Human rights violations and anti-democratic measures have reached new heights in northern Syria under the Democratic Union Party (PYD), according to a leading Kurdish studies researcher.
Eva Savelsberg, chair of the Berlin-based European Center for Kurdish Studies, said the PYD, which is the PKK's affiliate in Syria, was given free rein to recruit in northern Syria by Bashar Assad's regime.
She told Anadolu Agency: "For us there is no difference really between the PKK, on the one hand, and the PYD, on the other; the PYD is simply the Syrian branch of the PKK.
"We should know that since the YPG [People's Protection Units] and PKK are in the end the same group, of course weapons received inside Syria will also be used in Turkey. We shouldn't be naive about that.
"So one day you can be in Turkey and fight there as part of the PKK against the Turkish state; the next day they can call you, they can tell you to go to Syria and fight there as part of the YPG, so I think it's very clear that those weapons given to the PYD by the United States, by Russia, and of course by the Syrian regime will also be used in Turkey, so it's quite clear that Turkey is concerned about this development."
Savelsberg said the Syrian regime had granted the PYD a form of autonomy in Syria's northern territories at the expense of other Kurdish groups.
"What they [PYD] regularly do, for example, is take the party offices of other Syrian Kurdish political parties. They arrest members of these parties, they are imprisoned sometimes only for a couple of days, but sometimes also for weeks or months.
"A lot of human rights organizations, for example Human Rights Watch [HRW] and Amnesty International, they also agree with us that there is torture in those PYD prisons.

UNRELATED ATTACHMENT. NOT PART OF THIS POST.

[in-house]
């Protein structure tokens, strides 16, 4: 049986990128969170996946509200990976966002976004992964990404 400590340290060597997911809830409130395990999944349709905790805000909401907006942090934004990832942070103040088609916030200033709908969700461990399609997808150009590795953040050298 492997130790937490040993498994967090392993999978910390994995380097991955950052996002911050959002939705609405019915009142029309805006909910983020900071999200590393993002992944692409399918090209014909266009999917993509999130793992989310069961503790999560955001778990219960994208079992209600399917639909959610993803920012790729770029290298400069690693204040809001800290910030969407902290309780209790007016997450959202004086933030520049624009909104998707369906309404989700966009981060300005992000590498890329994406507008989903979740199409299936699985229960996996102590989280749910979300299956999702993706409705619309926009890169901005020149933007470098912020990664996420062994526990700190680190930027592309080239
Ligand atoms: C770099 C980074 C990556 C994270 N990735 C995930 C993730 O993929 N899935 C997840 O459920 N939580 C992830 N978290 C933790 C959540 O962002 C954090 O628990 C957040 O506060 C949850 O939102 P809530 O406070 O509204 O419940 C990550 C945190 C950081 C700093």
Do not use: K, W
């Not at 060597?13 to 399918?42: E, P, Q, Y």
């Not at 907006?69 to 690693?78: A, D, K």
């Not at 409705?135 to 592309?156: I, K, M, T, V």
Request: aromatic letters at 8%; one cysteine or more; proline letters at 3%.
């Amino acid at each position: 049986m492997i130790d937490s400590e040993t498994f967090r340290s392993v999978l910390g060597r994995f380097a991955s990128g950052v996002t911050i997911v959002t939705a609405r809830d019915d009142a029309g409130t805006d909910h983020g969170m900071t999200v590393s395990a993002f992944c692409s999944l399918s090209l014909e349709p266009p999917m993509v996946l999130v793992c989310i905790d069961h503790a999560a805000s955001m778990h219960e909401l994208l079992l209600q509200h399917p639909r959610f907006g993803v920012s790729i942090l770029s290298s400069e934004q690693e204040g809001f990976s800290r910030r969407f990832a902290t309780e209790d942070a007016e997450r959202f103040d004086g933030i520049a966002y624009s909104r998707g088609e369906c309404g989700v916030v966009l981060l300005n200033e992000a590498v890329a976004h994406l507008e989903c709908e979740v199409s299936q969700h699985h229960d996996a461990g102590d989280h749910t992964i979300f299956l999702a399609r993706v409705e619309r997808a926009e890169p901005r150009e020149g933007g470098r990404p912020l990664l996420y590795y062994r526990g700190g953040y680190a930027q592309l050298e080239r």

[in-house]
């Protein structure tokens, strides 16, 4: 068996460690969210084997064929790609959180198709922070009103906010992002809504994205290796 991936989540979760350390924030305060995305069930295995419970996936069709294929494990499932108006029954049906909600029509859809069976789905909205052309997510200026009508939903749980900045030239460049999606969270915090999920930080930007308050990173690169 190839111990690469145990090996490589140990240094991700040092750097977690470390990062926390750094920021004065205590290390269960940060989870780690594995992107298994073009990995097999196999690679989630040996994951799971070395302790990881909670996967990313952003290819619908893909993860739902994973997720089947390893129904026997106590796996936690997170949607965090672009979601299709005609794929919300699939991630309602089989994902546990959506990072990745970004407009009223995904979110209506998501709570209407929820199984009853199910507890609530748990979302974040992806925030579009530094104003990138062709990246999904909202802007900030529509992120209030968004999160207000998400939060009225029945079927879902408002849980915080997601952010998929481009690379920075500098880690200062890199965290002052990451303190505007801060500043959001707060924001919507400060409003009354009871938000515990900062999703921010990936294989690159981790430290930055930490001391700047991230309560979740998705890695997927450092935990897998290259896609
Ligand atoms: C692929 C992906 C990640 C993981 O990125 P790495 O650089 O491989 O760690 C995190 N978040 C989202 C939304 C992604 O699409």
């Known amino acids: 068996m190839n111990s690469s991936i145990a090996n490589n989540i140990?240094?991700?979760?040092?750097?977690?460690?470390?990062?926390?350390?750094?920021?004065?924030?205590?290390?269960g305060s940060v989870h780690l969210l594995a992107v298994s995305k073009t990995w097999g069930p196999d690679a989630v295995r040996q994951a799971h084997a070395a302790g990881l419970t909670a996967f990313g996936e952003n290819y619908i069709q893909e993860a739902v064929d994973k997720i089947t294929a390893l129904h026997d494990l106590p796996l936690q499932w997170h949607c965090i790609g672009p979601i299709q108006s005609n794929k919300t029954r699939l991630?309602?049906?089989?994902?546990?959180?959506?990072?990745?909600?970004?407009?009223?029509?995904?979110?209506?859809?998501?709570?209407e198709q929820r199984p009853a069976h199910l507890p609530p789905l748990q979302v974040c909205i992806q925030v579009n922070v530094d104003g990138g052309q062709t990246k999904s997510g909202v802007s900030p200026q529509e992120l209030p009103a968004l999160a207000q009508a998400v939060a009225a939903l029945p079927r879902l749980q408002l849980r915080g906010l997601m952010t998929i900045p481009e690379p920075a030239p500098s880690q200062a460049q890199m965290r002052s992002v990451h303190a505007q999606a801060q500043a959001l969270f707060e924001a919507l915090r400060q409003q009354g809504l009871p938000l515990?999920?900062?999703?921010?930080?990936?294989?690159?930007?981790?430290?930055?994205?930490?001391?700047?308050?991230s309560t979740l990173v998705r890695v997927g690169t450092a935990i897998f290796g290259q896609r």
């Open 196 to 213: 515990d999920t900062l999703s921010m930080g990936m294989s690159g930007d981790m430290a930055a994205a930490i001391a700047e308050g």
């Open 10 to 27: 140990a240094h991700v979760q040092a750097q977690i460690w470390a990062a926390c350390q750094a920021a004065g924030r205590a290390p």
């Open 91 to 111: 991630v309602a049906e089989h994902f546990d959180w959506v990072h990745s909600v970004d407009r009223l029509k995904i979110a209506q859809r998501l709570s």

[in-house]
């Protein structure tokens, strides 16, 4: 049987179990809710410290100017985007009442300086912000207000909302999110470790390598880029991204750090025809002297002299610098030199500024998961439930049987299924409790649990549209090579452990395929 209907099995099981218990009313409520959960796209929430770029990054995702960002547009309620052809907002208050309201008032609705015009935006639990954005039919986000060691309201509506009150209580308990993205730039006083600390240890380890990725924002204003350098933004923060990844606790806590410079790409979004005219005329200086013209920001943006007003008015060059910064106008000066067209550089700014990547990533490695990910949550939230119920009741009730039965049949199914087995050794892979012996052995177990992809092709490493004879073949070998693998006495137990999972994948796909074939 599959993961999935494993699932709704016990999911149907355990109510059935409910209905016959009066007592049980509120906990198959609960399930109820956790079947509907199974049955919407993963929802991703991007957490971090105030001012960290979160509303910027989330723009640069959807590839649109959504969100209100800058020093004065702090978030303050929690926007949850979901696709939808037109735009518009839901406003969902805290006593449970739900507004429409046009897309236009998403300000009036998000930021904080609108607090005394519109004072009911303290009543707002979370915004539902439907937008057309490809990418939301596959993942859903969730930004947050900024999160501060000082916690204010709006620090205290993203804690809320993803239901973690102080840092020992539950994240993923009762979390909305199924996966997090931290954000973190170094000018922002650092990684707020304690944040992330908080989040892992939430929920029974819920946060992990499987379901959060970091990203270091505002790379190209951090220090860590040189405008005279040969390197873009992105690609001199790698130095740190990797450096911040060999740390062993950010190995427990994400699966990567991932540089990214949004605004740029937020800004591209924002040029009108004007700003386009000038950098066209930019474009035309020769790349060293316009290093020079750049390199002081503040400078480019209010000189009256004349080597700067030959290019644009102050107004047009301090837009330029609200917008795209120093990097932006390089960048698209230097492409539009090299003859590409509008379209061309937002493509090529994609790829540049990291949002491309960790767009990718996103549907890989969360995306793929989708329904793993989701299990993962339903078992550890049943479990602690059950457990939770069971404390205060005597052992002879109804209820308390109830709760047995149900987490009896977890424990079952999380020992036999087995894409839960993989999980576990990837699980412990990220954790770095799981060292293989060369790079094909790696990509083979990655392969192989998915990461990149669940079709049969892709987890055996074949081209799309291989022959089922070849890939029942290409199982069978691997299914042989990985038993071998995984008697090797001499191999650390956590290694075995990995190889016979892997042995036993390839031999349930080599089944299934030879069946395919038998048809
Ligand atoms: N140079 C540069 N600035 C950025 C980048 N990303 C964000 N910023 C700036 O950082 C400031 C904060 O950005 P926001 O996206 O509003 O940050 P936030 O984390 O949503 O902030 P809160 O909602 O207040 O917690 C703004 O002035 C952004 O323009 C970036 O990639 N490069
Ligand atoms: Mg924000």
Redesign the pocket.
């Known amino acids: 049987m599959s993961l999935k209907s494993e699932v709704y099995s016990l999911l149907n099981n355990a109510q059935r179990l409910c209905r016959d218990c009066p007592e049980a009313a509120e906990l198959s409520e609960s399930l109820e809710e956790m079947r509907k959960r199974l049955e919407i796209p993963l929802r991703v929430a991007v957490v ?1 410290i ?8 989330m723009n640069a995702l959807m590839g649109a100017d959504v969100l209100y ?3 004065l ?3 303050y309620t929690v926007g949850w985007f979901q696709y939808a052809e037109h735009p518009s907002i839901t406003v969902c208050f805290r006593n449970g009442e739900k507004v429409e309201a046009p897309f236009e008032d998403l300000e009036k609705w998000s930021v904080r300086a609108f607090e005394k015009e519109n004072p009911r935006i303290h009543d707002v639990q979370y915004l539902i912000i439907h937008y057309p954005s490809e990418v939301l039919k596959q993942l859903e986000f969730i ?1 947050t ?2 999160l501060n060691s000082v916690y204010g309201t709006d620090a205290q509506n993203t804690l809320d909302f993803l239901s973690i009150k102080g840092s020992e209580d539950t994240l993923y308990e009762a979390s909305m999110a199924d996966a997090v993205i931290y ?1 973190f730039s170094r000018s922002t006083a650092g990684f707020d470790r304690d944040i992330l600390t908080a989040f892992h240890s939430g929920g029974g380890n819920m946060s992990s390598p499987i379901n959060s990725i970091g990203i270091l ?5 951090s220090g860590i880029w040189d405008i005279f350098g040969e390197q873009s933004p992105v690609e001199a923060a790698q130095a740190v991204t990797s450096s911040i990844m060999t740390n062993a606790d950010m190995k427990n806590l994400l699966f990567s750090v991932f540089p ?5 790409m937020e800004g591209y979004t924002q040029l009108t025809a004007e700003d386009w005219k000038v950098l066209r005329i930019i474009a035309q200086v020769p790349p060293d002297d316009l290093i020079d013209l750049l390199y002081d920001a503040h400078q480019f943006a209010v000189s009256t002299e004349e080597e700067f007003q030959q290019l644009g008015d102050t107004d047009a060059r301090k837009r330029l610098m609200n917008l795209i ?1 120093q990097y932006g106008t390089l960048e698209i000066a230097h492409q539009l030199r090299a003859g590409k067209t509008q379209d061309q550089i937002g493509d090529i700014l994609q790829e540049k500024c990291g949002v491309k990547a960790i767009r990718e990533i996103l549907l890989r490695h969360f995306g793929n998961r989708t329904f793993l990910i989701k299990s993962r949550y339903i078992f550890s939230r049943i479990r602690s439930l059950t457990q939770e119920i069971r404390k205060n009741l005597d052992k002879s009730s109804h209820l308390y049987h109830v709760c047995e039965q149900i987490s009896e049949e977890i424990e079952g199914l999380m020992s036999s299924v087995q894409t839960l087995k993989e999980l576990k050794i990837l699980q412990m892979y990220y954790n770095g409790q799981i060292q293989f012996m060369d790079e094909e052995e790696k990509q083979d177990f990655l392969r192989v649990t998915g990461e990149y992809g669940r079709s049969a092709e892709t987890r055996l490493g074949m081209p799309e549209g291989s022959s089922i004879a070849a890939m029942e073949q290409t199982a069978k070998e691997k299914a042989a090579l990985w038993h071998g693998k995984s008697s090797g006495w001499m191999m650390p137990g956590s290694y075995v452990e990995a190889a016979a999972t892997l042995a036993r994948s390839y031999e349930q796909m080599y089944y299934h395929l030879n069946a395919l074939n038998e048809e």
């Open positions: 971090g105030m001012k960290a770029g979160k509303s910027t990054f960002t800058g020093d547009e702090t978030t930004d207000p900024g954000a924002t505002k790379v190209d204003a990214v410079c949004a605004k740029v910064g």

"Another real problem is the forced recruitment, which has been done since 2013. I generally think that it's a problem to recruit people into a militia, of course, and they don't have any chance to say: ‘No, I don't want that,' and interestingly the Syrian regime doesn't recruit people anymore in the Kurdish regions, so they really gave up this job to the PYD."
A Scottish member of the European Parliament recently condemned the reported recruitment of child soldiers by the PYD.
In a statement, Alyn Smith called on Kurdish militants to end the recruitment of child fighters in Syria. "War is no excuse for the Kurdish PYD to use underage soldiers on the battlefield," he said in a statement. "The EU is a values-based community and must not turn a blind eye to this, in as much as I have made clear we must condemn all violations regardless of their source," the statement said. The Scottish National Party deputy, who sits on the European Parliament's Foreign Affairs Committee, warned there "will be no peace without justice in Syria and the region," and called on the EU to support the vital work of agencies by documenting the abuse of human rights, "including arbitrary detention, ethnic cleansing and the unacceptable use of child soldiers by Kurdish forces."
He added that areas under PYD control in Syria have seen them repress opposition groups through enforced disappearances. Earlier in 2016, the U.K.-based Syrian Network for Human Rights said the PYD was involved in ethnic cleansing, arbitrary arrests and forced conscription in Syria.
In a report in 2015, Amnesty International said the PYD carried out forced removals of Arab and Turkmen populations in northern Syria. The report said that the crimes committed by the YPG amount to war crimes and that non-Kurds, mostly Turkmens and Arabs in villages in the de facto autonomous Kurdish administration, have been forced from their homes.